Friday, May 1, 2009

Ren Powell

Losing My Religion

I joined the flat earth society
and at the first meeting they fed
me pancakes and sliced pepperoni
they asked me if I wanted to remain anonymous
if I wanted to lie on my back and make angels
in the corn fields

then we held pennies between our flat palms
we felt the cool of metal

we felt the dome of space
between the flat copper coin and palm
fill with the inexpressible

Bus Number 642 is Given a Disposable Camera

My eyes are in my stomach
and that explains this unintentional intrusion
of self portrait
it’s just a consequence
of the way I’ve been put together
you seehow a product of modern society
is driven by bulimic obsession
this cycle of standing room only
empty seatsnever precisely capacity
never precisely stopping
just pausing long enoughto exhale
to let downfor the hope of token fairs
of finding that cold balance of design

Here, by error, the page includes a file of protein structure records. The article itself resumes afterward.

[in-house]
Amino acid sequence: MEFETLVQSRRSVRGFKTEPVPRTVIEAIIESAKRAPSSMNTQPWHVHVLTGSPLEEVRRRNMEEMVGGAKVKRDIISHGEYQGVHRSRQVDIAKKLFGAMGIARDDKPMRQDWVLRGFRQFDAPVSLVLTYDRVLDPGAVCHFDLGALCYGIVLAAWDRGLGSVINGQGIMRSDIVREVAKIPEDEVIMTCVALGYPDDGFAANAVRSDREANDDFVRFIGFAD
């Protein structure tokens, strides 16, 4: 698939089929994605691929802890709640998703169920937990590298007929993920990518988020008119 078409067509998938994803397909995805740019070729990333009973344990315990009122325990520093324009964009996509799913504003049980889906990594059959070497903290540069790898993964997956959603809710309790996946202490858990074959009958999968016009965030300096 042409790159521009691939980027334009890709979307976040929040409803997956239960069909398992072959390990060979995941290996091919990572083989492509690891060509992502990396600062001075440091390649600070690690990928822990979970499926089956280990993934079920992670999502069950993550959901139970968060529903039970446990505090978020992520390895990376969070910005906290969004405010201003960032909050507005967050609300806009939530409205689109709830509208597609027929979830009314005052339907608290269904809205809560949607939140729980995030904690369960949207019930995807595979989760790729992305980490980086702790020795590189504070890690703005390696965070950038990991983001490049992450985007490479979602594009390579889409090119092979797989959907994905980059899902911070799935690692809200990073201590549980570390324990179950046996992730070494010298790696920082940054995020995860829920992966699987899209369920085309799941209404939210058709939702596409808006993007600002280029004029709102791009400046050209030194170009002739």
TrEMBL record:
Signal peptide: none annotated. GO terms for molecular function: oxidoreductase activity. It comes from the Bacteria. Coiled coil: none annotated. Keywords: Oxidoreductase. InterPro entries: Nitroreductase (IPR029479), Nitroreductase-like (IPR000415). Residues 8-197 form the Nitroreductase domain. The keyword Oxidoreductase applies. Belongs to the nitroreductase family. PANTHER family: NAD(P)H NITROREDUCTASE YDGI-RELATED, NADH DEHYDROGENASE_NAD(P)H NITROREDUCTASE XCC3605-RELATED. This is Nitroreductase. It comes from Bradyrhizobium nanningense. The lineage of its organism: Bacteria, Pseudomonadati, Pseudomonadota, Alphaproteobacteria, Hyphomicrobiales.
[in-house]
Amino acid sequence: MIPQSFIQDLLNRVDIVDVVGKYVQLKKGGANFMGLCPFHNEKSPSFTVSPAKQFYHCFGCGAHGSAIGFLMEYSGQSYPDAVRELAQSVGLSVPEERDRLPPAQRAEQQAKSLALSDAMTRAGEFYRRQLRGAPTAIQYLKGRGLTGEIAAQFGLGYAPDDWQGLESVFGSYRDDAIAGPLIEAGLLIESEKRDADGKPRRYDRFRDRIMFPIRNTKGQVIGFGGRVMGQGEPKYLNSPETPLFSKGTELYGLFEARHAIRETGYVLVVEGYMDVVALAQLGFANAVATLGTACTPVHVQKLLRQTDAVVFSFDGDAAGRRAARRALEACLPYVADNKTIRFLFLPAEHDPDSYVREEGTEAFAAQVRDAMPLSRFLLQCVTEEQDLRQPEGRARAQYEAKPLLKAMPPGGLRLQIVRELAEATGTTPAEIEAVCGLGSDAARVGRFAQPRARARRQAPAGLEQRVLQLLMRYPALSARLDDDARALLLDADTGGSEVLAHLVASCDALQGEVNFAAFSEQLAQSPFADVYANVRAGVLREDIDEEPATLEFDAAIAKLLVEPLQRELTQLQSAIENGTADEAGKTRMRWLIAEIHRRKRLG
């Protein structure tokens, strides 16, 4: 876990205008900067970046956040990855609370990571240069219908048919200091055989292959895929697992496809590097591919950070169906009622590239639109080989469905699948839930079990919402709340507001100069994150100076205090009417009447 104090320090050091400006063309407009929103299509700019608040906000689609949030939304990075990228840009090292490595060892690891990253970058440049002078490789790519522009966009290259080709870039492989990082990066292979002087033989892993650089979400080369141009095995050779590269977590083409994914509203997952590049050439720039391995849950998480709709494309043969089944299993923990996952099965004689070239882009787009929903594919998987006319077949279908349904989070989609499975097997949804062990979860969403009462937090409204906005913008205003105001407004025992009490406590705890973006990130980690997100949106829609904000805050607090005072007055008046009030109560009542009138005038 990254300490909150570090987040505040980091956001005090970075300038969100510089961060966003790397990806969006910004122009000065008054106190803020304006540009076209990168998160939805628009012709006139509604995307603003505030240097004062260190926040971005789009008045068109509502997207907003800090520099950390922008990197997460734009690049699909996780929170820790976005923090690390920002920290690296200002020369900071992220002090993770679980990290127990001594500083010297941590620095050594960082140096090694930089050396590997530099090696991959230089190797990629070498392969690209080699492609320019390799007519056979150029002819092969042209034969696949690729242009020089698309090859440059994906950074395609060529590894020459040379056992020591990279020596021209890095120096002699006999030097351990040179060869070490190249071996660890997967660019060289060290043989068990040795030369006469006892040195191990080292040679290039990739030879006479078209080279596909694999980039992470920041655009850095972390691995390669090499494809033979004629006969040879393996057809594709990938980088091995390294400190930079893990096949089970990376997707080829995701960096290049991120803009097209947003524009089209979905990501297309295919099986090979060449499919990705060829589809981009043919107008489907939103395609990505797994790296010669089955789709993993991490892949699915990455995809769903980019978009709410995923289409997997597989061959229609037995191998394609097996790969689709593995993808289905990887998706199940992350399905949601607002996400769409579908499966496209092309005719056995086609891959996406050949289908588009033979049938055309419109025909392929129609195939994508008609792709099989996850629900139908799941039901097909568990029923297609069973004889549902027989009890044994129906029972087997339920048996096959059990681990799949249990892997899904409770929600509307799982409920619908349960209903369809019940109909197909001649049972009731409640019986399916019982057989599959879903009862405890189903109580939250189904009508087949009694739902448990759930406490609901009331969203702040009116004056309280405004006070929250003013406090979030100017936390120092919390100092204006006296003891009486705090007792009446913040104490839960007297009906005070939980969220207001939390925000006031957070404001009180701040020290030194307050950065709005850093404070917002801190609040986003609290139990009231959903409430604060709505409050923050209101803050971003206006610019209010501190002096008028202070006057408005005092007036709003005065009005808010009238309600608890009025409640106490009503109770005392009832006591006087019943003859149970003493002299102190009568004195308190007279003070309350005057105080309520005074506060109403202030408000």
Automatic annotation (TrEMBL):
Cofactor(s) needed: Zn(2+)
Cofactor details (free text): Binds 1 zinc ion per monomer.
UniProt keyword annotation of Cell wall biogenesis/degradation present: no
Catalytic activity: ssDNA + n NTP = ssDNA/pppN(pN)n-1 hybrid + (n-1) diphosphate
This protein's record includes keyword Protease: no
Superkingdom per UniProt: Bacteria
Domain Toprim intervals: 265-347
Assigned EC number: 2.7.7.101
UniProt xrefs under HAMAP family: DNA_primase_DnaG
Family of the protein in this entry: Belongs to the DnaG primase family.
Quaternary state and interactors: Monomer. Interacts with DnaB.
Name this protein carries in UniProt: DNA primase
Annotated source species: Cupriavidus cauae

to lubricate the warm stomach lining
the ulcer of this city
this mutual foster care

Sight Seeing

monks in sneakers took the steps
four at a time while balancing teacup
son their noses and outstretched palms
and I remember you said
I wish I had a camera
and you framed them
with your fingers and thumbs
tilted your head to the side
squinting and you clicked your tongue
will you remember thisyou asked

-all three poems previously published at GHOTI


Toby snapped the fryers’ necks
Helping to butcher them
One by one by one
So proud
When we ate the first one
I was envious
It was like overcoming
A virginity

Four Saj
(the saj is a traditional Arab poem form: rhyming prose)

Saj 1

Fern is a wisp-green word wriggled loose of an
earth run through with the
goddess’s red fingers pointing to her ever-redder
fingers closing
around an iron crystal―not a core, but a poem.

Saj 2

Knee-deep in the North Sea, Sigyn empties the
bowl of venom. The earth
shakes; the water trembles words. Ever cold,
ever rounder: rolled by the ebb, a cursive she grabs
by the tail and hangs to dry. Not a fish, but a poem.

Saj 3

In the Sahara the word ravishing can be held like
a musk globe in a man’s
hand and acquire a tenderness.
His cupped palm is a pale crucible. The ash offered up,
not as a sacrifice, but as a poem.

Saj 4

In October a farmer parts the husk, and his fingernail
pierces a milky kernel. A poem catches, like silk, in his teeth.

-previously published in The Salt River Review

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